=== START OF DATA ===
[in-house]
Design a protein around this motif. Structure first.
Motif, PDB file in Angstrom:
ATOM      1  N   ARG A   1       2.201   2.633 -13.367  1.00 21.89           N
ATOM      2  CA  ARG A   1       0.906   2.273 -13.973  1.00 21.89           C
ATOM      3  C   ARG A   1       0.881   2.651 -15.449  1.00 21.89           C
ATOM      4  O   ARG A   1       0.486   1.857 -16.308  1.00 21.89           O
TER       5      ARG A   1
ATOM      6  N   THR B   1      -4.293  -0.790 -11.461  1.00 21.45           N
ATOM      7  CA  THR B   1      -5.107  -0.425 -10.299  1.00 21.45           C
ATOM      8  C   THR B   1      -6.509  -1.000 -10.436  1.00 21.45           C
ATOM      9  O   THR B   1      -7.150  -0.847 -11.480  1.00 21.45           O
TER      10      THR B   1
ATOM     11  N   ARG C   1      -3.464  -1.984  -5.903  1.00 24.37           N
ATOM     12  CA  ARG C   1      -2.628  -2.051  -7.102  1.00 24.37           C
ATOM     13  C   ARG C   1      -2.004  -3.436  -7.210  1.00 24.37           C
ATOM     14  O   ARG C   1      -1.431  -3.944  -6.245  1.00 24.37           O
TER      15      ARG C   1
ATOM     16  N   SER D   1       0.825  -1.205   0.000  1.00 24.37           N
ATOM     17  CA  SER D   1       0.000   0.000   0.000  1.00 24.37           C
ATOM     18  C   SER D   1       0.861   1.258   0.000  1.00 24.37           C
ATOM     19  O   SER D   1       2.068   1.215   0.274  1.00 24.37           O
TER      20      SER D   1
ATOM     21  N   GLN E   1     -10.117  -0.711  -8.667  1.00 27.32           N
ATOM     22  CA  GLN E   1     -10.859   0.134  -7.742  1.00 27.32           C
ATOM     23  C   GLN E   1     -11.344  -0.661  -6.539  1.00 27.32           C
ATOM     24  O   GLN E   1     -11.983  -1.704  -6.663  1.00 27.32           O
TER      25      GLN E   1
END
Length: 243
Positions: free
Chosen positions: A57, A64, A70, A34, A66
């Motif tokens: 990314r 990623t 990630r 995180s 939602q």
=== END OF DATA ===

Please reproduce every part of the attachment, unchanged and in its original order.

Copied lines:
[in-house]
Design a protein around this motif. Structure first.
Motif, PDB file in Angstrom:
ATOM      1  N   ARG A   1       2.201   2.633 -13.367  1.00 21.89           N
ATOM      2  CA  ARG A   1       0.906   2.273 -13.973  1.00 21.89           C
ATOM      3  C   ARG A   1       0.881   2.651 -15.449  1.00 21.89           C
ATOM      4  O   ARG A   1       0.486   1.857 -16.308  1.00 21.89           O
TER       5      ARG A   1
ATOM      6  N   THR B   1      -4.293  -0.790 -11.461  1.00 21.45           N
ATOM      7  CA  THR B   1      -5.107  -0.425 -10.299  1.00 21.45           C
ATOM      8  C   THR B   1      -6.509  -1.000 -10.436  1.00 21.45           C
ATOM      9  O   THR B   1      -7.150  -0.847 -11.480  1.00 21.45           O
TER      10      THR B   1
ATOM     11  N   ARG C   1      -3.464  -1.984  -5.903  1.00 24.37           N
ATOM     12  CA  ARG C   1      -2.628  -2.051  -7.102  1.00 24.37           C
ATOM     13  C   ARG C   1      -2.004  -3.436  -7.210  1.00 24.37           C
ATOM     14  O   ARG C   1      -1.431  -3.944  -6.245  1.00 24.37           O
TER      15      ARG C   1
ATOM     16  N   SER D   1       0.825  -1.205   0.000  1.00 24.37           N
ATOM     17  CA  SER D   1       0.000   0.000   0.000  1.00 24.37           C
ATOM     18  C   SER D   1       0.861   1.258   0.000  1.00 24.37           C
ATOM     19  O   SER D   1       2.068   1.215   0.274  1.00 24.37           O
TER      20      SER D   1
ATOM     21  N   GLN E   1     -10.117  -0.711  -8.667  1.00 27.32           N
ATOM     22  CA  GLN E   1     -10.859   0.134  -7.742  1.00 27.32           C
ATOM     23  C   GLN E   1     -11.344  -0.661  -6.539  1.00 27.32           C
ATOM     24  O   GLN E   1     -11.983  -1.704  -6.663  1.00 27.32           O
TER      25      GLN E   1
END
Length: 243
Positions: free
Chosen positions: A57, A64, A70, A34, A66
């Motif tokens: 990314r 990623t 990630r 995180s 939602q």